The “Stress Hormone:” How Cortisol Crushes Mental Health

woman expressing feeling stressed

Do you power through your day feeling like you’re putting out one fire after the next? Do you feel like you’re in “fight-or-flight” mode most of the time? Do you find it difficult to fully relax?

Daily life is filled with many stressors and perceived threats triggering the “fight, flight, or freeze” stress response to the point that it dysregulates the HPA axis, and cortisol levels remain high. Click To Tweet

If you answered yes to any of these questions, you may suffer from chronic stress and elevated levels of cortisol—and it’s likely affecting your mental health. You’re also not alone.

Recent survey data shows that 33% of U.S. adults feel they are living with extreme stress. And 73% report that it’s impacting their mental health negatively.

Here’s what you need to know about cortisol, and what you can do to keep stress hormone levels balanced to protect your mental health.


Cortisol is a steroid hormone made in your body’s two adrenal glands, which sit atop your two kidneys. Cortisol is often referred to as the “stress hormone” as it plays a critical role in activating your body’s stress response (although it serves many roles in the body).

The “fight, flight, or freeze” stress response gets activated when your brain perceives a threat—real or imagined. The brain’s hypothalamus and pituitary glands send a signal to the adrenals to release cortisol.  This communication and relationship between the hypothalamus, pituitary, and adrenal glands is called the HPA axis.

Once released into the bloodstream, cortisol goes to work to make more glucose available to your brain and body and substances for repairing tissue. It alters immune system responses and dials down the nonessential systems such as the digestive and reproductive system, as well as growth processes. It also documents and stores memories of potential danger.

These physiologic responses are designed to help you fight off, flee from, or freeze in the face of the threat at hand. When the threat passes, the hypothalamus and pituitary glands signal the adrenals to stop releasing cortisol and bodily systems return back to normal functioning.

Yet, the stress response is not the only function of cortisol. Cortisol receptors are found throughout nearly every part of your brain and body because this important hormone has a hand in most bodily processes and functions.

Among the most critical functions, cortisol helps regulate and control the following:

  • Your metabolism’s use of fats, proteins, and carbs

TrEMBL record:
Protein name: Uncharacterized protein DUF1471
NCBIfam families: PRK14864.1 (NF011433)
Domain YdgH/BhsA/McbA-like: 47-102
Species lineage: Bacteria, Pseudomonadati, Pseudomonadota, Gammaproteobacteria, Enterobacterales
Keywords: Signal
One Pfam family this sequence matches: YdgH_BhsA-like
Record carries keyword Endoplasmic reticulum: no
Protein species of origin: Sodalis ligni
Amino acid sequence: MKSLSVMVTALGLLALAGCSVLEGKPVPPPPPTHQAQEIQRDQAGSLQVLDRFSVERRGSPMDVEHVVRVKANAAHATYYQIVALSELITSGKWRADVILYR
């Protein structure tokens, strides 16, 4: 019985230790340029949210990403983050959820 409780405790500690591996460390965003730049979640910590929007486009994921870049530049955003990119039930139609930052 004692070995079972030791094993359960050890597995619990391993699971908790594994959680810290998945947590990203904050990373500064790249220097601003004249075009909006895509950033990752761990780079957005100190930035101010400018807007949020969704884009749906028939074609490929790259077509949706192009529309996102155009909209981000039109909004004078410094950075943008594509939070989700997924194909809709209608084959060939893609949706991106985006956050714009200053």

• Blood pressure
  • Blood sugar levels
  • Suppression of inflammation
  • The sleep-wake cycle

As you can see, cortisol is a vital hormone for life! It only becomes a liability when cortisol levels get elevated and remain elevated.


The cortisol levels in your body naturally fluctuate over the course of a day in a rhythm set by the brain. Cortisol is usually highest in the morning when you wake and then it gradually declines during the day and until it reaches its lowest level in the late afternoon. Then, starting around 2:00 a.m., cortisol levels begin to rise again.

Having prolonged elevated cortisol levels is usually considered Cushing’s disease (alternatively called Cushing’s syndrome or hypercortisolism). Cushing’s disease or having higher levels of cortisol in the body can be caused by:

  • Overuse of corticosteroid medication (such as prednisone)
  • An underlying condition (such as a pituitary or adrenal tumor) c
  • Chronic stress
  • Lifestyle factors

In today’s world, chronic stress is all too common. Daily life is filled with many stressors and perceived threats triggering the “fight or flight” response to the point that it dysregulates the HPA axis, and cortisol levels remain high.

Eating a diet filled with too many refined carbohydrates, consuming alcohol regularly, chronically poor sleep, inflammation, and pain can all lead to high cortisol levels too. Unfortunately, chronically high cortisol levels are corrosive to both physical and mental health.


Signs of higher-than-normal cortisol levels may include:

  • Muscle weakness in your thighs and upper arms
  • Weight gain, particularly in your abdomen and face
  • High blood sugar levels (Type 2 diabetes)
  • High blood pressure